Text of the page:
A fantastic festival that never was - Chichester
Festival co-ordinator Barry Smith said: “The Festival of Chichester has very quickly achieved a vital place in the cultural life of the city. It hardly seems possible that seven years have elapsed since a group of us formed the new festival to fill the gaping void of the loss of the Chichester Festivities.
“Time has hurtled by and we were on the cusp of unveiling the eighth festival when events overtook us and it became necessary to pull the plug on what would have been a wonderful summer of entertainment.
“I’m looking at what is now possibly a collector’s item – the only copy in print of the 2020 Festival of Chichester brochure cover design.
“And also on my desk is a printout of the festival listings – the lost festival of 2020.
“As has become our signature, it is grounded in the Chichester community and would have offered a wonderful array of the talents of the city, ranging from the massed voices of the Chichester Singers tackling Bruckner’s majestic Mass in E minor to Chichester Symphony Orchestra performing Tchaikovsky’s Symphony Number Six, the Pathetique, one of my personal favourites. So many Chichester people would have been involved, not just playing classical music, but performing pop and rock music, leading tours or giving talks on the natural world such as the unique Bats at Breakfast at West Itchenor Pond or a Birdsong Walk at Hunston.
“The festival is a magical mix of the best the locality can offer, side by side with some of the brightest visiting national and international stars. We think this lost festival would have been one of, if not the, best ever. In addition to Jess Gillam and the London Mozart Players, the festival included Dame Penelope Keith reading from the magnificent odes of the poet Keats in the Cathedral in his bicentenary year, The Bournemouth Symphony Orchestra offering an enticing programme of musical delights including Vaughan Williams’ Lark Ascending and Brahms Symphony No 2, Greek band Plastikes Karekles, Cuban band the Latin Bridge, award-winning poets Grace Nichols and John Agard, wonderful jazz musicians Gaz Hughes, Alan Barnes and Bruce Adams, and the Americana-tinged acoustic folk harmonies of Sussex stars, Hatful of Rain.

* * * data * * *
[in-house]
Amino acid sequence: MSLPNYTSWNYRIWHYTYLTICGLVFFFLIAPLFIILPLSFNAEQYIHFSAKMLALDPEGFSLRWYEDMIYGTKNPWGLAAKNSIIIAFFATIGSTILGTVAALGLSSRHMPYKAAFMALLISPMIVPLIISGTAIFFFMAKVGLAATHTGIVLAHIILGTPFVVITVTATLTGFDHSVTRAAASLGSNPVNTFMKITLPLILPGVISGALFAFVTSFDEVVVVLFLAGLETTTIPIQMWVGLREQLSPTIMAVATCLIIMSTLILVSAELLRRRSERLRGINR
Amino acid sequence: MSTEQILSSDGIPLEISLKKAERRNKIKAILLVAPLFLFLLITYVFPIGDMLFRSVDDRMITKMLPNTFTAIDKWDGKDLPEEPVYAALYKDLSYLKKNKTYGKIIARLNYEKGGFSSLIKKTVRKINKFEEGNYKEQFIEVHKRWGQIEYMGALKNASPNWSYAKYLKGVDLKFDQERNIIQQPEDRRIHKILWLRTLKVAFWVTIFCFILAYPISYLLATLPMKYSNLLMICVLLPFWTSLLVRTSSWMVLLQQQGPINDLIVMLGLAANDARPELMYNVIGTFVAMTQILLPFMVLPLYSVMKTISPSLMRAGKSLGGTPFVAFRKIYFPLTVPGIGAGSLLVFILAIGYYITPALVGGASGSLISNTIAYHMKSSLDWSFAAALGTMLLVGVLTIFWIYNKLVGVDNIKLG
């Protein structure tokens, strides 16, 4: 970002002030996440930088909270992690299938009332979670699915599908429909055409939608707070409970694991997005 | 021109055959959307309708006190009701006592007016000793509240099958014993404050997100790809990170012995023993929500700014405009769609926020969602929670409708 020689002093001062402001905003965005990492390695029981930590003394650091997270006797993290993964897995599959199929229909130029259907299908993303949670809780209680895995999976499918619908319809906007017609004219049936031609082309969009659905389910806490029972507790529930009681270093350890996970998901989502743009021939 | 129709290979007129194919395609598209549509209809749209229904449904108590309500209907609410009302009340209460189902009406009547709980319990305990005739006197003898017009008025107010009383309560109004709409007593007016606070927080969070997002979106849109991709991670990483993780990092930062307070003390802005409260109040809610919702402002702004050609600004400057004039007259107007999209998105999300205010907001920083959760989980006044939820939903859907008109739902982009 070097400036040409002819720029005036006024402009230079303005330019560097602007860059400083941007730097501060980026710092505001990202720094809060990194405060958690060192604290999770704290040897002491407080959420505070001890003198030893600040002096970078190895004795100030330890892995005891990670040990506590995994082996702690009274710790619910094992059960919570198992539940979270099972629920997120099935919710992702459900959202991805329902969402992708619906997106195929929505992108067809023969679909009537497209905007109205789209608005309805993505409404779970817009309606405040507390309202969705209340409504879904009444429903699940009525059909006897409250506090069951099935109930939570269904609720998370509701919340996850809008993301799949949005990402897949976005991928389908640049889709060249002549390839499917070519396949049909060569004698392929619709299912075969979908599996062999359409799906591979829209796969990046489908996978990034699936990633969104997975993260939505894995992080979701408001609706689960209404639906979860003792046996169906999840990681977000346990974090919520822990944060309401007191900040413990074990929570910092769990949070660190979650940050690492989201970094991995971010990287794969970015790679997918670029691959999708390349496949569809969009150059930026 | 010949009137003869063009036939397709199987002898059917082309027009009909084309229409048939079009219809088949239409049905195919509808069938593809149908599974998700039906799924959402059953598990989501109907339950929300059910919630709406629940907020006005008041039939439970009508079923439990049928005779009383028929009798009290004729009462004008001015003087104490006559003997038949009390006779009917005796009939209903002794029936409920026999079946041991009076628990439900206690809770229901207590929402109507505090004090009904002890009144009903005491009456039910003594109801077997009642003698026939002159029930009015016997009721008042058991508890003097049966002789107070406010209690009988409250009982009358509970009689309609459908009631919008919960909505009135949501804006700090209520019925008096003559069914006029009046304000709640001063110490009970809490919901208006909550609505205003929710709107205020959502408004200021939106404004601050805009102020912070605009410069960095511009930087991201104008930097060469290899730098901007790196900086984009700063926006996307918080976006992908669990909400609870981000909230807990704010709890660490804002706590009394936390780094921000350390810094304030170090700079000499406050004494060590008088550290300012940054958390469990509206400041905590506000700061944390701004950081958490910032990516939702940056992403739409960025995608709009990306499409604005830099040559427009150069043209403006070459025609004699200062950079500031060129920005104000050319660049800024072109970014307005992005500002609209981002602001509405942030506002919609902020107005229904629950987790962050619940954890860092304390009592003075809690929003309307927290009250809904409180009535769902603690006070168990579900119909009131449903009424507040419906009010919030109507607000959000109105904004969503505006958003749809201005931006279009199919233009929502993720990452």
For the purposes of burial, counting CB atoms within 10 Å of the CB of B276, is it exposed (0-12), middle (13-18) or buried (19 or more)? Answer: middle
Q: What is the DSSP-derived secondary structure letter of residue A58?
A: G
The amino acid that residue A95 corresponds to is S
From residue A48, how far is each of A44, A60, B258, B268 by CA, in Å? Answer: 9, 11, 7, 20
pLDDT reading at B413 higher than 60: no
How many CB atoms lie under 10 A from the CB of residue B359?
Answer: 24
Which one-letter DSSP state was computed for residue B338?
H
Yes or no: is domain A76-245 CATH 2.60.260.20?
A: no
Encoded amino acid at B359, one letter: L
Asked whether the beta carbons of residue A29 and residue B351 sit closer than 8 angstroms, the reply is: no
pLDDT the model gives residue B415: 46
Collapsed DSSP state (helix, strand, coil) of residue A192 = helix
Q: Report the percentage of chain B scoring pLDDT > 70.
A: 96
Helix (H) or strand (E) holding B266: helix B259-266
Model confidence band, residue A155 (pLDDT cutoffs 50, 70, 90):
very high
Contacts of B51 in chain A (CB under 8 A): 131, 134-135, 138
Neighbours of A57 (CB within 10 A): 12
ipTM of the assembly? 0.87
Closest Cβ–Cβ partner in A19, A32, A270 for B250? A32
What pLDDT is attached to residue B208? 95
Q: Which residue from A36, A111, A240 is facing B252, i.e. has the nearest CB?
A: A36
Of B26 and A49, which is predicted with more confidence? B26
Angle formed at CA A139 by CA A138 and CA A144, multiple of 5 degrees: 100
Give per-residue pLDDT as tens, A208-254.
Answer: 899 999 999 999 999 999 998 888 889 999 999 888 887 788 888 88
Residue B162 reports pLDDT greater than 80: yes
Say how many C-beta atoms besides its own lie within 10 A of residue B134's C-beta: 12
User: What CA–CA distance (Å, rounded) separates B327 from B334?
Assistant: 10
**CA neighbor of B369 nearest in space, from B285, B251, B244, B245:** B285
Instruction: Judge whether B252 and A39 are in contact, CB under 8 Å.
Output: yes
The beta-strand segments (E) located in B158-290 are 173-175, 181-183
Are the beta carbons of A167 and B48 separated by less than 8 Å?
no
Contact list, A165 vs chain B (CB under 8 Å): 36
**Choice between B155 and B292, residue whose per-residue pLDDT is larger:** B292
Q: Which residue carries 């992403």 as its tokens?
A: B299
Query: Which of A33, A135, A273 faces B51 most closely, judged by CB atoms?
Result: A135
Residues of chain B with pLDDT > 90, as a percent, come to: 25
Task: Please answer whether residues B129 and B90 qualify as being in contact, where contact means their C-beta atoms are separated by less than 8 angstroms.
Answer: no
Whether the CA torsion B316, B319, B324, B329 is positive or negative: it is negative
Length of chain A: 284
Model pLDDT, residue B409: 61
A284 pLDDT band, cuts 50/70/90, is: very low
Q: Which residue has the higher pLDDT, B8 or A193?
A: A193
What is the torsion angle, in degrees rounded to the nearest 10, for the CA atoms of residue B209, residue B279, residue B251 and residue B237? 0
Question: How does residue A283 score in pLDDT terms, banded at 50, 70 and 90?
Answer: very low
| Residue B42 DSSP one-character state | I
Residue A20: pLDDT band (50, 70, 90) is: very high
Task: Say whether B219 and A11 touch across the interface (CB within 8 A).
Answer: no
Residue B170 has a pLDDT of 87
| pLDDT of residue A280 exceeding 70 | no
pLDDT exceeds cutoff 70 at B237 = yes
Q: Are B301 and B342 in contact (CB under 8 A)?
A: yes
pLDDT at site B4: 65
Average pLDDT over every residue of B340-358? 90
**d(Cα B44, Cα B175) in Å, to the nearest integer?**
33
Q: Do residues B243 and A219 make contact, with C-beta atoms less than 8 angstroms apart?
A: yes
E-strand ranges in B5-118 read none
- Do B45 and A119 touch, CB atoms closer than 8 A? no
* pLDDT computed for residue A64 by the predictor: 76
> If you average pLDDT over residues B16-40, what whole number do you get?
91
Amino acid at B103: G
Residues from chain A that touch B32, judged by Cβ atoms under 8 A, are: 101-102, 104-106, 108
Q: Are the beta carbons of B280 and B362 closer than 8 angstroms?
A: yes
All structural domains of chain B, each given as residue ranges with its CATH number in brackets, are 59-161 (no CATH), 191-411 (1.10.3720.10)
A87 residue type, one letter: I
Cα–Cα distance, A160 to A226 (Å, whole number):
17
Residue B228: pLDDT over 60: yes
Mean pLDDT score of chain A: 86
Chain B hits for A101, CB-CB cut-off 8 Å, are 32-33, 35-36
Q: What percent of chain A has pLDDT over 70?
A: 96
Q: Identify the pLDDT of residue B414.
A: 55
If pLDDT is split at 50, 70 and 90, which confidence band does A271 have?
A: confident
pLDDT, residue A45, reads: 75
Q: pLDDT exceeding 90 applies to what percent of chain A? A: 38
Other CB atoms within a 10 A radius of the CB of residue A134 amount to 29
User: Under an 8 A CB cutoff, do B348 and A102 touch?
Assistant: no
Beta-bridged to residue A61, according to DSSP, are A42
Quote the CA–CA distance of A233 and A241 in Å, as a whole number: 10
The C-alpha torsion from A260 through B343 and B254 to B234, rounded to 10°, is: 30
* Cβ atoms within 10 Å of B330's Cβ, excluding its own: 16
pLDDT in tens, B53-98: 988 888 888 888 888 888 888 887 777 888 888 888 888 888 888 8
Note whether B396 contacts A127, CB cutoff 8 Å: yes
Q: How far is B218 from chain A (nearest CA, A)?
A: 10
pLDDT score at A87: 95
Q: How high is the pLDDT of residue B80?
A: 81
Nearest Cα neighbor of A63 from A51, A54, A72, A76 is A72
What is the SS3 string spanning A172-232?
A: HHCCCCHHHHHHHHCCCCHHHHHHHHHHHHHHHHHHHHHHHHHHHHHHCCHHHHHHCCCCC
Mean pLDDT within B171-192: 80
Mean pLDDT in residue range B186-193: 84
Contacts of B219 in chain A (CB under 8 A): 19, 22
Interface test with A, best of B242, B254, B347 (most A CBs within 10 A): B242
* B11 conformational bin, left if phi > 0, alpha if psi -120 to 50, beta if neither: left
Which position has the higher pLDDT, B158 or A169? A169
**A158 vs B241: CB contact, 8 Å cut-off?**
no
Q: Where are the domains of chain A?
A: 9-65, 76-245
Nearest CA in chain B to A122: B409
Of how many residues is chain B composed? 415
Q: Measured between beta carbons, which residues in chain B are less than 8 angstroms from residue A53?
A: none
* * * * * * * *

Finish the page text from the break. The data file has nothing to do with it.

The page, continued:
“So much brilliant diversity – our watchword has always been to offer something for everyone, whatever their interests or tastes.
“What will I miss the most about the festival this summer? Well, there’s all the hard graft of getting thousands of brochures out across the city and into the surrounding area of Sussex, Surrey and Hampshire, but that’s such a worthwhile activity as it results in people flooding into the city, supporting our local businesses and having a thoroughly enjoyable time.
“And there’s the festival launch on the opening Saturday on Cathedral Green. Usually the sun shines but sometimes it rains and come what may, the festival committee is there handing out leaflets while the city mayor, festival patron Dame Patricia Routledge and Kate Mosse make inspirational speeches to open the festival
“Then there’s the delight – and sometimes challenge – of attending dozens of different events, concerts, talks, films, plays, art exhibitions, gigs…..there’s such a variety on offer, it’s sometimes hard to choose which event to go to on any particular day.
“But most of all I’ll miss the joy of a city celebrating, coming together to share uplifting experiences of the arts in our unique festival.
“So, as we regret what we’ll miss this year, let’s look forward to next year when we can do it all again with Festival 2021!”
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